Stripe’s $95bn valuation shows that Fintech, for all its hype, is real. With Square at $110bn and Paypal at $290bn, “Fintech” companies are now breathing down the neck of, if not eclipsing traditional incumbents like Goldman Sachs with its $120bn market cap.
That a company founded in 2010 can in 11 years be worth more than traditional giants founded in 1869, shows that growth investors can secure investments at wildly discounted prices when viewed from a 5 year perspective. It doesn’t necessarily mean that investors will always get it right – some revenue projections smack of hubris and are ill-judged. But it’s not whether you’re right or wrong that’s important, but how much money you make when you’re right and how much you lose when you’re wrong. For investors, the upside on the winning companies is wildly unlimited, as the Stripe valuation shows.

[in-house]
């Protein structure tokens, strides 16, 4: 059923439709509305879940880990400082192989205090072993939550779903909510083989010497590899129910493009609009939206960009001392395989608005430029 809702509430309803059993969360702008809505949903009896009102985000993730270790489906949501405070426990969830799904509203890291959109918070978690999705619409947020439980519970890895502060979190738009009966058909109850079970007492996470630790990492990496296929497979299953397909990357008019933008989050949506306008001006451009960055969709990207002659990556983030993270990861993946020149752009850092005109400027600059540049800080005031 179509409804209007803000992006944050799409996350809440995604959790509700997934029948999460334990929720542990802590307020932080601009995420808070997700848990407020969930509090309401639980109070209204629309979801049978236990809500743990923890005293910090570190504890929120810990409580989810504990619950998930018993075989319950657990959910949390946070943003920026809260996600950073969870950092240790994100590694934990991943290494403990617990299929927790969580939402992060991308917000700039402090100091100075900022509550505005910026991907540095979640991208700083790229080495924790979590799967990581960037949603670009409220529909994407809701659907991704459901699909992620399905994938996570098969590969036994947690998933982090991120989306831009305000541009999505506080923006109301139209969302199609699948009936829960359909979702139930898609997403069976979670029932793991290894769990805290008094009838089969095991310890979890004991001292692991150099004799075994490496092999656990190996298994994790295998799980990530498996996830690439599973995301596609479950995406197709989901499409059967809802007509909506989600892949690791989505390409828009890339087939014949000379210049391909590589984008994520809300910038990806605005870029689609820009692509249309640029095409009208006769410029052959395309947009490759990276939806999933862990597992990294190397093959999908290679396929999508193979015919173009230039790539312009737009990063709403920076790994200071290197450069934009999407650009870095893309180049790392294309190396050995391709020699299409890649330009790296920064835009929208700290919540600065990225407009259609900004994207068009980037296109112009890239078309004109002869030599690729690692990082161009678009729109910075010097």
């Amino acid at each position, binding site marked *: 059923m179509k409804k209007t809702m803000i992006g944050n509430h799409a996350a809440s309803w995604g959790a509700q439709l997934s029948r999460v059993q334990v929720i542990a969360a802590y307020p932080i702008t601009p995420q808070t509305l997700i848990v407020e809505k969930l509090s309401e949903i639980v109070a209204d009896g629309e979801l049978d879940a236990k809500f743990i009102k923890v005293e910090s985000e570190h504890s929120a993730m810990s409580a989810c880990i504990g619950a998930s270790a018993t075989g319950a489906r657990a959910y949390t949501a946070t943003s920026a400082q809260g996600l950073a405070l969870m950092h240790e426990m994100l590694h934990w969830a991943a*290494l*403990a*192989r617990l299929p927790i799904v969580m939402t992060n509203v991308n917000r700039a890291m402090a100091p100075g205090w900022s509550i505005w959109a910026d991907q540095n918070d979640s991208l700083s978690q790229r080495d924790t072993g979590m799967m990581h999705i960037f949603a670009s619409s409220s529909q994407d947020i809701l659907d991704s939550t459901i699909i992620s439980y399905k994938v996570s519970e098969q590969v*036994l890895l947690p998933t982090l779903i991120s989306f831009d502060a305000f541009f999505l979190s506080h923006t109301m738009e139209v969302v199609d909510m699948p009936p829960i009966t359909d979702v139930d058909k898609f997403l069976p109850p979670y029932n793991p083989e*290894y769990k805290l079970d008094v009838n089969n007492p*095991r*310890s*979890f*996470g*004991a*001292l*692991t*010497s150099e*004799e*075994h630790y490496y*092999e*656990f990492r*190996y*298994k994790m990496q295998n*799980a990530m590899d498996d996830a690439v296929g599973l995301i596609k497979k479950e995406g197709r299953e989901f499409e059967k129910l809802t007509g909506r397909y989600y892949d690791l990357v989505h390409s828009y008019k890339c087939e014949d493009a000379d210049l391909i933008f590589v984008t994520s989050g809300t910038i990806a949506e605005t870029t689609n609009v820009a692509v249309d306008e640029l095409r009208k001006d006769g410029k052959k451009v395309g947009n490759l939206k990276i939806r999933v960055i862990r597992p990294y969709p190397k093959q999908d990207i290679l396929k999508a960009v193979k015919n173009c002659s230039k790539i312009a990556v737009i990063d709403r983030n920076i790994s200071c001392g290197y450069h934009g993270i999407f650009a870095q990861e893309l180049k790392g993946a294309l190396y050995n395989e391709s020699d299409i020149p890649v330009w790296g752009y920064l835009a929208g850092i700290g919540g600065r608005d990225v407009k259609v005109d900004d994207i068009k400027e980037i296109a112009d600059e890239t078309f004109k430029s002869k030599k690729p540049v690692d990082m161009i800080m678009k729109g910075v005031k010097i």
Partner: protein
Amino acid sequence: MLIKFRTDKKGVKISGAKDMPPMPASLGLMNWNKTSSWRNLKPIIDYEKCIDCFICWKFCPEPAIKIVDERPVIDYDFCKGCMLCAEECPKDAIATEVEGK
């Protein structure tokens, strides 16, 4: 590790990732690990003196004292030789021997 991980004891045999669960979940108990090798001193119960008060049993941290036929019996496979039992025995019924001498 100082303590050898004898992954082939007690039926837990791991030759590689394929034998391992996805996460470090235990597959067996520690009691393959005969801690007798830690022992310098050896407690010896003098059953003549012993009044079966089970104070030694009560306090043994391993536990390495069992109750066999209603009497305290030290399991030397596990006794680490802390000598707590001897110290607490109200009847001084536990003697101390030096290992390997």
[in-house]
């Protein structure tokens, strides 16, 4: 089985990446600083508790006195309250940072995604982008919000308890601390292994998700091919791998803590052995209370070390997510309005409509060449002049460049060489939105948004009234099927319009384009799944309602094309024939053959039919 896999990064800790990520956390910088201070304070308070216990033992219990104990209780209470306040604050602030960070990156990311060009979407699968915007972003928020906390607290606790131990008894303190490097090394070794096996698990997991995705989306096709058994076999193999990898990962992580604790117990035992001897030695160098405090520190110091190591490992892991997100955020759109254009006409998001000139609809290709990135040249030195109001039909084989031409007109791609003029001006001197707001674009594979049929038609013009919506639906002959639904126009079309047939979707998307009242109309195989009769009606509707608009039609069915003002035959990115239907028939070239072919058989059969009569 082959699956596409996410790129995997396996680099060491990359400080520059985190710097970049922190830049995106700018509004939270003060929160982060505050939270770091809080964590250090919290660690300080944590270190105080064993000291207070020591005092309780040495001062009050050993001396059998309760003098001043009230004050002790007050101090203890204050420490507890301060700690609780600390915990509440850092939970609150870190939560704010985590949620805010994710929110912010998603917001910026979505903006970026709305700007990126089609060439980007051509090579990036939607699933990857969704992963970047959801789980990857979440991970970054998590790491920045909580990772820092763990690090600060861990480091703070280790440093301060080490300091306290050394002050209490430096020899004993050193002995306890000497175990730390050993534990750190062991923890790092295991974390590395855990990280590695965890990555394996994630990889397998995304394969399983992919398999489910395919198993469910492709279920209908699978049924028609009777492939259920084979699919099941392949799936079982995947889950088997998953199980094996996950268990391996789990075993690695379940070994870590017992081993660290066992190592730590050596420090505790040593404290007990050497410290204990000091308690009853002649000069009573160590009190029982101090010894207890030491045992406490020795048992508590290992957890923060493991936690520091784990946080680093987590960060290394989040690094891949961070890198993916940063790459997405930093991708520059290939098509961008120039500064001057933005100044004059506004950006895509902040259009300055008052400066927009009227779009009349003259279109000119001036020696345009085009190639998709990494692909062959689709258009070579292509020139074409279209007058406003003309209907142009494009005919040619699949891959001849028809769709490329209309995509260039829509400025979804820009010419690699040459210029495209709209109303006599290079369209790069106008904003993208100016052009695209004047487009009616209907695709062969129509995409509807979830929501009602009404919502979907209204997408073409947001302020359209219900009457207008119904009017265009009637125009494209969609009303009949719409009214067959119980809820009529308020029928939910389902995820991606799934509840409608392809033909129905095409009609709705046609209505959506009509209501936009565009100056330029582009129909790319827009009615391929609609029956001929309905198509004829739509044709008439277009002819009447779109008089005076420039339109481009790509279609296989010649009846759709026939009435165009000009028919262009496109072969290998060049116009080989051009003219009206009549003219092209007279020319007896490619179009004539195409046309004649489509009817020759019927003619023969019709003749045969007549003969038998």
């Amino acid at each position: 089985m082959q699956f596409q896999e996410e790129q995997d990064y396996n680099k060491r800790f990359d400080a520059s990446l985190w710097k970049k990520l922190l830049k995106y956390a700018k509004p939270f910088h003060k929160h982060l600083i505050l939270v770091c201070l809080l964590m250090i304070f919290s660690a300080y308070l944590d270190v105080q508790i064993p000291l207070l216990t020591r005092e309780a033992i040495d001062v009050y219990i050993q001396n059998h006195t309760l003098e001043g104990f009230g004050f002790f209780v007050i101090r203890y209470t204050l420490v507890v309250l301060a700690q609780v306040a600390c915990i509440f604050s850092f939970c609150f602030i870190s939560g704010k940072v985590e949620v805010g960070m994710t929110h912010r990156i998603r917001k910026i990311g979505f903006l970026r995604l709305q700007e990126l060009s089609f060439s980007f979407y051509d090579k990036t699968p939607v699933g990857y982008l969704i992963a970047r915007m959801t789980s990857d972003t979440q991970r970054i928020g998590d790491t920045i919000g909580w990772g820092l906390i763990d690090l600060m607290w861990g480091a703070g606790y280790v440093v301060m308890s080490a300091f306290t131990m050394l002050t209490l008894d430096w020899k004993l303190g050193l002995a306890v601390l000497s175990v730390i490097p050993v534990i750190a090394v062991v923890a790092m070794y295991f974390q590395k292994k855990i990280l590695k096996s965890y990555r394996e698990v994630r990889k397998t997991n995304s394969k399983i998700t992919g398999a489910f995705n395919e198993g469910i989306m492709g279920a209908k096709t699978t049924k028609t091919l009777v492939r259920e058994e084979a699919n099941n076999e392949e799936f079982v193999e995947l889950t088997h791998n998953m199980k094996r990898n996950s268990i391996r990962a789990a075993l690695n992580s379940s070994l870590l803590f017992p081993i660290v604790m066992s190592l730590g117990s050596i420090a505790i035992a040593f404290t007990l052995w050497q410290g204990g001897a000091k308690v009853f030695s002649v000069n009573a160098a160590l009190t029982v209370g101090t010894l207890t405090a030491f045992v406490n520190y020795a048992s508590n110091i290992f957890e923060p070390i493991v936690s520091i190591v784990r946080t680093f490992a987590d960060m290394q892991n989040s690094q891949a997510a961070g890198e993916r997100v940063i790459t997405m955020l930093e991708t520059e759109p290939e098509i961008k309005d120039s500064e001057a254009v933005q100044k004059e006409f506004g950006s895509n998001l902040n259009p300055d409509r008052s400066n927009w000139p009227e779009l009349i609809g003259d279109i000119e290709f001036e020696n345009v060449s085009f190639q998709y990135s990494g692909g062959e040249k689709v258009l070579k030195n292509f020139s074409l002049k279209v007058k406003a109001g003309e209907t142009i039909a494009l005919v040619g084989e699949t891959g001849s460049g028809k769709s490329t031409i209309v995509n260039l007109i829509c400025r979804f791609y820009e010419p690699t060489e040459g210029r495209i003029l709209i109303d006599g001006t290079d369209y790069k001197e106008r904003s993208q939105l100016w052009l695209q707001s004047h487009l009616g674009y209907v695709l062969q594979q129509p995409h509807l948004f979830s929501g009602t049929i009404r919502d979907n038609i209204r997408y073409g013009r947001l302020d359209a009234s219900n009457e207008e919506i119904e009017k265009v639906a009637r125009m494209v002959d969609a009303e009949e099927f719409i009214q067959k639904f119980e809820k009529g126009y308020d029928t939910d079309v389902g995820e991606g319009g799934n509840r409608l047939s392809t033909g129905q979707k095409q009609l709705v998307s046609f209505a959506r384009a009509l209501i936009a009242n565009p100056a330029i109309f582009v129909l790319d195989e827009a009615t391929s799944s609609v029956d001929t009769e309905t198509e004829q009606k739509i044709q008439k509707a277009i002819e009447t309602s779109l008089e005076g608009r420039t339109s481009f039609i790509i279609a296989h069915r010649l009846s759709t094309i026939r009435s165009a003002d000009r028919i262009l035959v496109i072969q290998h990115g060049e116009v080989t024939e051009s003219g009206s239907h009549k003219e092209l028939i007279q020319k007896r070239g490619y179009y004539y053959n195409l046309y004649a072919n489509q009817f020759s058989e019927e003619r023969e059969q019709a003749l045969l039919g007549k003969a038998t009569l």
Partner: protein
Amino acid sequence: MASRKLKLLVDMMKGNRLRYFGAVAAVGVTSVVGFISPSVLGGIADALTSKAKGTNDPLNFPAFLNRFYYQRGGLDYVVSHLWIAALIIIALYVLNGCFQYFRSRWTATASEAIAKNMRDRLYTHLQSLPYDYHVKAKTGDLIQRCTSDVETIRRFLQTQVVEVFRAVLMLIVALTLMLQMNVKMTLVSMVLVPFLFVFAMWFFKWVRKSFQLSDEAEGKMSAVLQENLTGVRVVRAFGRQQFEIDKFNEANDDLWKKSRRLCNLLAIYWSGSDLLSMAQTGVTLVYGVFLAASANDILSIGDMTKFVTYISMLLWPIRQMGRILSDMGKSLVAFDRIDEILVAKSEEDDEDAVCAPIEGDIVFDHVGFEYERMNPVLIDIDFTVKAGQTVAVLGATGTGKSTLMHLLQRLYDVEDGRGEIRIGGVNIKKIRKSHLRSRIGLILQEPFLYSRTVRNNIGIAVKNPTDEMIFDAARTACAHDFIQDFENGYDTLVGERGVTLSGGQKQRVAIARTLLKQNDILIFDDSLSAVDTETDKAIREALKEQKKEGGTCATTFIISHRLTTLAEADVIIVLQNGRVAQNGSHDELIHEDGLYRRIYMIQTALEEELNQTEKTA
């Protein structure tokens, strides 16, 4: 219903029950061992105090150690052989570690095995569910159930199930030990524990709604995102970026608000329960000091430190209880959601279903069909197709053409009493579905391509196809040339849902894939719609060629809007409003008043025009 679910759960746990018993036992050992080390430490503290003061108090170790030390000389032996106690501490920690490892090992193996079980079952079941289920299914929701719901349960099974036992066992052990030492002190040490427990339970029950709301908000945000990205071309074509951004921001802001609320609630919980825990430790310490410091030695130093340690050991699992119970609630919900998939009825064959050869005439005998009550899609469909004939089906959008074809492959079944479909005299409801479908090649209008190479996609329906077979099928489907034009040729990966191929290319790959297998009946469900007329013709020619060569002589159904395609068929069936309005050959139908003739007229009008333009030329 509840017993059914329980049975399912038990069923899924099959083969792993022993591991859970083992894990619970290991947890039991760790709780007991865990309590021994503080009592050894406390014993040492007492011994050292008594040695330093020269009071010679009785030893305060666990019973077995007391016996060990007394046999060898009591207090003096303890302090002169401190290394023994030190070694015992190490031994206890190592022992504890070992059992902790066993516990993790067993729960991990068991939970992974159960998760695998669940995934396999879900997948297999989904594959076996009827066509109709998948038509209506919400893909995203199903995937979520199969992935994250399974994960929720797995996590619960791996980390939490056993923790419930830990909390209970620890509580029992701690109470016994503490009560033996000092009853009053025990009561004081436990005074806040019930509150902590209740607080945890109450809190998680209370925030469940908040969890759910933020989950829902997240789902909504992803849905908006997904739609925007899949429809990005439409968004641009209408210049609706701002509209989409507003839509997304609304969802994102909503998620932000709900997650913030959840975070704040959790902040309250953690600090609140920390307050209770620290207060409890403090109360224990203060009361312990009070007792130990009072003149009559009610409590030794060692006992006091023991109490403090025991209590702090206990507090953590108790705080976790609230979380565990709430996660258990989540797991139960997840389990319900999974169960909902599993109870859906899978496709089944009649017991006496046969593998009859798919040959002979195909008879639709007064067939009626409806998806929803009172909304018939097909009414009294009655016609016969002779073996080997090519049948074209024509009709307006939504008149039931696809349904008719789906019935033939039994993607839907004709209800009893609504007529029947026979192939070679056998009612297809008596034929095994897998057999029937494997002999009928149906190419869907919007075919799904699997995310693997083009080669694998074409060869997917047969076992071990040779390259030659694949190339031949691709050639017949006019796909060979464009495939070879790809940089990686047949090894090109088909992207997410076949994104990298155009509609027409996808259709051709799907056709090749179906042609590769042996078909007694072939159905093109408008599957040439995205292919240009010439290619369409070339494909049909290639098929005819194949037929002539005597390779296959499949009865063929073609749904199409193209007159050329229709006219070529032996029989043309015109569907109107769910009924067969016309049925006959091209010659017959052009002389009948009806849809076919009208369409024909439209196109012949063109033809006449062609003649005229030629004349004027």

Whilst the press were sniping at Softbank for losing money in Greensill and Wirecard, Softbank were turning $3bn into $36bn in the Coupang IPO. Similarly, In 2014, the tech press dismissed Stripe’s $1.75bn valuation as overinflated: “We’d even go so far as to say an exit in the $500 million to $1 billion range is likely. Our argument isn’t that Stripe is worthless. It’s that a $1.75 billion valuation is a high bar given its current state, combined with the competitive landscape.”
What’s evident is that the market for fintech is far larger and far more profitable than many had thought, and when the alternative is a negative yielding government bond, investors can just not get enough of the companies like Stripe that are growing bigger, faster and more capital efficiently than any traditionalist would have previously imagined.